Hammerstrom Seeks New Challenges

Dimond Social Studies teacher Mary Beth Hammerstrom has recently participated in the National Endowment for Humanities, an independent federal agency dedicated to supporting research, education and public programs in the humanities.

The event took place in the Netherlands.

Hammerstrom was nominated as one of the 16 teachers nationwide to partake in the event.

Prior to this, she was accepted in the game show Jeopardy, and had adopted two rescue dogs.

It seems that Hammerstrom always likes to set herself up for a new challenge.

Many of Hammerstrom’s co-workers consider her a diligent worker who is passionate about what she does at her job, and in her personal life.

Dimond history teacher Lem Wheeles’s initial reaction to Hammerstrom’s acceptance into the National Endowment for Humanities was that he was “astonished; I was very excited because I had written for her a letter of recommendation to get her appointed for the event, and it was great to find out that she was accepted.”

Wheeles has known Hammerstrom for 11 years.

Wheeles is not the only one who is proud of Hammerstrom’s achievement.

Dimond math teacher Carrie Melville, a friend of Hammerstrom, said that Hammerstrom being accepted into the National Endowment for Humanities was no surprise, and is “totally up her alley.”

While in Europe, Hammerstrom used the opportunity to travel to Istanbul, Turkey, a city she has dreamt of traveling to for years.

Hammerstrom said, “I have been wanting to travel to Istanbul for 30 years. I saw this as a perfect opportunity to go out there and see the city of my dreams.”

In 2013, Hammerstrom participated in Jeopardy.

“Being on Jeopardy was not too nerve-wracking. Overall, it was a great experience, and I absolutely loved the momentum,” Hammerstrom said.

Math teacher Jim Anderson, a co-worker of Hammerstrom, said,“Mary is the smartest person I know. I am actually jealous that she has that much trivia in her head. So was I surprised that she made it on Jeporady? Absolutely not.”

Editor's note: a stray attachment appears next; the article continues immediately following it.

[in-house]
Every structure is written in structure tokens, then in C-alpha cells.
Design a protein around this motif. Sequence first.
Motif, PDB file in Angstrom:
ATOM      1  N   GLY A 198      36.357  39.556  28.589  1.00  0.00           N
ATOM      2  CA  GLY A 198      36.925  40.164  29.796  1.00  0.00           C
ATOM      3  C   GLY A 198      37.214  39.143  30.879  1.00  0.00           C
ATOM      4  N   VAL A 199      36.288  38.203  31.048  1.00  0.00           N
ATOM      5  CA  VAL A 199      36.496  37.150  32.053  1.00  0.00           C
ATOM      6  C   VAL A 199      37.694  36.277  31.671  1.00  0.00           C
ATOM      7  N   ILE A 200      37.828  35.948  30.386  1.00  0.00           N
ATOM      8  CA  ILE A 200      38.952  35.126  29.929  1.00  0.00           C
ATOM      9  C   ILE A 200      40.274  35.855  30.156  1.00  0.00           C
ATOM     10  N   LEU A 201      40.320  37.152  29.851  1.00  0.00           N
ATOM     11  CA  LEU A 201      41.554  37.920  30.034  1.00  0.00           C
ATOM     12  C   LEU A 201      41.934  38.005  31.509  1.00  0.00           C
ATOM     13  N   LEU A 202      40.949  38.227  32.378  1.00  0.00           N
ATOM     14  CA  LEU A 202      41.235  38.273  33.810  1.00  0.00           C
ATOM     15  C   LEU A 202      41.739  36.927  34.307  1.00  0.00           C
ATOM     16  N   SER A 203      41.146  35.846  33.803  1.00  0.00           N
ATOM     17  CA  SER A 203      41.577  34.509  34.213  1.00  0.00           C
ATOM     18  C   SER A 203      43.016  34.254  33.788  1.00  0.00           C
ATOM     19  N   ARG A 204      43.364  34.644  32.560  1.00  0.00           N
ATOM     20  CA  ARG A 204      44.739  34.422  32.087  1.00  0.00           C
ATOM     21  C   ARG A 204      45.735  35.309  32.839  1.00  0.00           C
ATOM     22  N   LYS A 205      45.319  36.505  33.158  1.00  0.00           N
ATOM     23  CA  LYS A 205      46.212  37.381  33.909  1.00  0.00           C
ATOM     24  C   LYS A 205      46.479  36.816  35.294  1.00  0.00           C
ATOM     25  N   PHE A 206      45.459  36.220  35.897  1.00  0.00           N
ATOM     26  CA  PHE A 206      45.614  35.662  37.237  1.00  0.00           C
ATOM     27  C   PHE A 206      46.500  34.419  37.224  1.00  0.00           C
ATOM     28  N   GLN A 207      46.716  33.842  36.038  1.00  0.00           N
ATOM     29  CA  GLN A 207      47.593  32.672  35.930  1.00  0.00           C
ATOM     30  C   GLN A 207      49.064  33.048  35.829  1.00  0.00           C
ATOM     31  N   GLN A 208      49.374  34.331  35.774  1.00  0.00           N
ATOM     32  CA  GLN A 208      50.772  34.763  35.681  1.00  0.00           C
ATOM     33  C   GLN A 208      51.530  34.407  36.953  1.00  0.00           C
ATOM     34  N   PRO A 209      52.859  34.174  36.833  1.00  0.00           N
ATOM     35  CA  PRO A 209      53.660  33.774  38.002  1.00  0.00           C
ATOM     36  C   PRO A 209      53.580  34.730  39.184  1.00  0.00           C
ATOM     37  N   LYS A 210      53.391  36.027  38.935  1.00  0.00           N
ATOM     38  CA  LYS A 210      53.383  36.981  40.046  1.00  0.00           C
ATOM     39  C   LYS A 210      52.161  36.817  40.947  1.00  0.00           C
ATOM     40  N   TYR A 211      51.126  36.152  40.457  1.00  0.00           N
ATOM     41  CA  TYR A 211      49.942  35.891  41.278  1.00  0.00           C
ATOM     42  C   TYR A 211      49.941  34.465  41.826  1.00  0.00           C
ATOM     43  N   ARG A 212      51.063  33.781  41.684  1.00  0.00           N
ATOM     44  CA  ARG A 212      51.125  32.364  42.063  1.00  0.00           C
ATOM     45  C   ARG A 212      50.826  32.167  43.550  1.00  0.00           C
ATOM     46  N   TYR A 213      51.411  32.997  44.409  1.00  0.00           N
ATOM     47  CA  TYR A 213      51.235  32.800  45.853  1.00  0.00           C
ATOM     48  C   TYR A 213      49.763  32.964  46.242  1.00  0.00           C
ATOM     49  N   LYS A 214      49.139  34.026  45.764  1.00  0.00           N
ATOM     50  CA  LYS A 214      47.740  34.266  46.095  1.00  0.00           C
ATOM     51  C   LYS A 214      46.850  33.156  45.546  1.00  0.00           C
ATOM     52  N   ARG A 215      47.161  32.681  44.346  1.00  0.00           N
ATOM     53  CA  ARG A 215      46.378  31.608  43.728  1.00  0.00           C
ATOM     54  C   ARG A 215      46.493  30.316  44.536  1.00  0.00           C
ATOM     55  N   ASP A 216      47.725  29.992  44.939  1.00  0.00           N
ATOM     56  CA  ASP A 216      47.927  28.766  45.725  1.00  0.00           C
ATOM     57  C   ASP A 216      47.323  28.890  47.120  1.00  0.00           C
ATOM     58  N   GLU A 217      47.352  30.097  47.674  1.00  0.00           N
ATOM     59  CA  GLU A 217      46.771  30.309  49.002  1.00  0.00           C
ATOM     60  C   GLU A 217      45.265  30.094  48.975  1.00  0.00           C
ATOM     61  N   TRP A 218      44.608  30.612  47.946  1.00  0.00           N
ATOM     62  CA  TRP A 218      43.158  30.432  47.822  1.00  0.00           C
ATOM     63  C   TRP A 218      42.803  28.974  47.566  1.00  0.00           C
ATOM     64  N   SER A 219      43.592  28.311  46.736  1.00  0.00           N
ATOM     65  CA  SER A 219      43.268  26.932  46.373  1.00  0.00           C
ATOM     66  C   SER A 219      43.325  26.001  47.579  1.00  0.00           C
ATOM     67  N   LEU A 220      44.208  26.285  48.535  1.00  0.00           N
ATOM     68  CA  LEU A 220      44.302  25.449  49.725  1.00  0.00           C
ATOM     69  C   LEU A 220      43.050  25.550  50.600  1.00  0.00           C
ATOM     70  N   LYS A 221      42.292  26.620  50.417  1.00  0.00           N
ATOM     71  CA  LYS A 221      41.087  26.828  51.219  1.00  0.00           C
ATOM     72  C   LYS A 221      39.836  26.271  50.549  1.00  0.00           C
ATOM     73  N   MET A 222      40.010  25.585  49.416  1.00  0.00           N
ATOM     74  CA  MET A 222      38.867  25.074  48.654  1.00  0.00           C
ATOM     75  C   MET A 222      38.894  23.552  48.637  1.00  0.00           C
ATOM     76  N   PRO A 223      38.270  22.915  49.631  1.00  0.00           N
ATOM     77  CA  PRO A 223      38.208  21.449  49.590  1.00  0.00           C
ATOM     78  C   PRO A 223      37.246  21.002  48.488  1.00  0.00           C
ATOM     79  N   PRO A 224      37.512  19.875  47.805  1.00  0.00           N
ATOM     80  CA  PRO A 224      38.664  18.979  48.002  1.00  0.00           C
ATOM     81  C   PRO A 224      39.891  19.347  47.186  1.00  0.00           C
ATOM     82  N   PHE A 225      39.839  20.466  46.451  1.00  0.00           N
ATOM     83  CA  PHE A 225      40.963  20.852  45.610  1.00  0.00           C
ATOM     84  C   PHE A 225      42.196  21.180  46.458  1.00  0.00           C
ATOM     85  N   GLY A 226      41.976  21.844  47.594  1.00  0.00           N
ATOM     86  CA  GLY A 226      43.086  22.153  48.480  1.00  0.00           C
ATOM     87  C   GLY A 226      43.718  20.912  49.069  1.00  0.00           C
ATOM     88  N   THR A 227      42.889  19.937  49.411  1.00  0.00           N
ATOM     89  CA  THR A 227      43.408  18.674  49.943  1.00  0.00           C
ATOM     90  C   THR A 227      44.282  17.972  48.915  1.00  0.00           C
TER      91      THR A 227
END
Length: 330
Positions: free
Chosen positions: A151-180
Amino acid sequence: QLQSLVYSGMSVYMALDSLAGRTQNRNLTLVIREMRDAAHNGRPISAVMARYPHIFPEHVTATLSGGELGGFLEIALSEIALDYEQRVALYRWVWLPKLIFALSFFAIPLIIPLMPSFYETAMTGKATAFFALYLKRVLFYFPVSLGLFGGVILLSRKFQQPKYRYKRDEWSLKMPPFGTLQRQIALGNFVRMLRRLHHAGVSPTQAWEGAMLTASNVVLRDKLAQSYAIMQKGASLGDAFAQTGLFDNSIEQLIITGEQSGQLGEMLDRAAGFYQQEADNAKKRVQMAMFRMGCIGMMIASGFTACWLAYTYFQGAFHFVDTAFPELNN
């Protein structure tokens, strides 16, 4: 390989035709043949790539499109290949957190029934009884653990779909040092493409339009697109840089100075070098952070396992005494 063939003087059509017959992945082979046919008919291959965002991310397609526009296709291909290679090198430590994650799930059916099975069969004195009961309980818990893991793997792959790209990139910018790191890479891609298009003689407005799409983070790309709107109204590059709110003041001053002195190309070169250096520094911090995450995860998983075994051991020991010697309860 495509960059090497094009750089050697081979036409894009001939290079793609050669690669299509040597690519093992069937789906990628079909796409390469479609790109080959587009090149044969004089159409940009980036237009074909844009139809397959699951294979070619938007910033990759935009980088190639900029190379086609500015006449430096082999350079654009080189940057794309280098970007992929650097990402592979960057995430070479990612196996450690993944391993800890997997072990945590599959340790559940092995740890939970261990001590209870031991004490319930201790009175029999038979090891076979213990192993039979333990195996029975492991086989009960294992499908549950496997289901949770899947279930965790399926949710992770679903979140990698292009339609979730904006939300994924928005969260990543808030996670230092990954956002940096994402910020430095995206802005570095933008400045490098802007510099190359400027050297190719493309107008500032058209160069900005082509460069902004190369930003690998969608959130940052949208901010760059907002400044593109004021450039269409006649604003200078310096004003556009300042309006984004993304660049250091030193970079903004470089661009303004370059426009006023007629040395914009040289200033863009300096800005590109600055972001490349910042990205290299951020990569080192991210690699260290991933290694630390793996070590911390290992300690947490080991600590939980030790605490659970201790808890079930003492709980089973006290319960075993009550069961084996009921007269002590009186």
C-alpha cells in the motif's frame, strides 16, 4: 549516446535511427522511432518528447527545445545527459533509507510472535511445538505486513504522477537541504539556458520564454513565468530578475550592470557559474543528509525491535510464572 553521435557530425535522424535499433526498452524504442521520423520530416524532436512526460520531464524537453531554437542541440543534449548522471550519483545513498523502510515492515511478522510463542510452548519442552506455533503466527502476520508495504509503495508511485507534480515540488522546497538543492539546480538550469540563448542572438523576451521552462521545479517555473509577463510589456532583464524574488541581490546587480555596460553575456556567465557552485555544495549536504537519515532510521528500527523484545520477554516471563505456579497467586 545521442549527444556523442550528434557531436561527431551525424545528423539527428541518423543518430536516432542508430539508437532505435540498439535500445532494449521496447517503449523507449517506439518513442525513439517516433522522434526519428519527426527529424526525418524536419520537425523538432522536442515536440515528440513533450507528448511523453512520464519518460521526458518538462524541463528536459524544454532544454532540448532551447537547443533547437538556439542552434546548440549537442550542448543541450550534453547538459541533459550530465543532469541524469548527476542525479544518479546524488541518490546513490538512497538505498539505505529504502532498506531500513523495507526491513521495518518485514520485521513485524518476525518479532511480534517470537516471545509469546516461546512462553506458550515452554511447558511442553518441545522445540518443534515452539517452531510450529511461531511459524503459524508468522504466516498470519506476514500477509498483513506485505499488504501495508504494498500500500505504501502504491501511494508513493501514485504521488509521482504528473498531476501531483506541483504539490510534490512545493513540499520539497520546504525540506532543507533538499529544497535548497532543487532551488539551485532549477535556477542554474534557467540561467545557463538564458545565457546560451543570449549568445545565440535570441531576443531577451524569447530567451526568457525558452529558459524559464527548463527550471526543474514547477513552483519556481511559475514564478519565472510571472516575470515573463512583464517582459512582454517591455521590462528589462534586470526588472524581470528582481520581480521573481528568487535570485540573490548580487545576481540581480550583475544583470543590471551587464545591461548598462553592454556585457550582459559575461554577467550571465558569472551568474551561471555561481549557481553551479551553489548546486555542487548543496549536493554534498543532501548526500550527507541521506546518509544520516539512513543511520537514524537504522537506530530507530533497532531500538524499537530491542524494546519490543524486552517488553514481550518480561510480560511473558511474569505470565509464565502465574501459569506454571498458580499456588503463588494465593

Hammerstrom now enjoys life with her two adopted husky dogs, Boo and Shadow.

“At first, I would come to work crying because I had no idea what to do with this one dog, and eventually I made the ultimate decision to keep it. The dog would cry day and night until we found out that it was missing its sister, who he knew well before he was separated from her. So I adopted his sister, and now both dogs are healthy and happy. I love them to death,” Hammerstrom explains.

This shows the compassionate side of Hammerstrom that many people recognize, including former students.

Dimond Senior Tiffany Jackson, a former student of Hammerstrom, said that Hammerstrom is “very knowledgeable, and has experienced so much in life. Never has she not been passionate about her job. Overall, I think she is a positive influence for both the staff and the students.”

Dimond Senior Yael Yisrael, currently enrolled in Hammerstrom’s Economics class, enjoys the course altogether, and likes Hammerstrom’s “unique, and stylistic approach when teaching students. She always presents to the class formative information that prepares everyone for the test.”

In all, it seems that many of Hammerstrom’s colleagues and students seem to agree that Hammerstrom is an outgoing, dedicated, hardworking individual who is passionate about what she does.

The only question we have now is, what will Hammerstrom do next?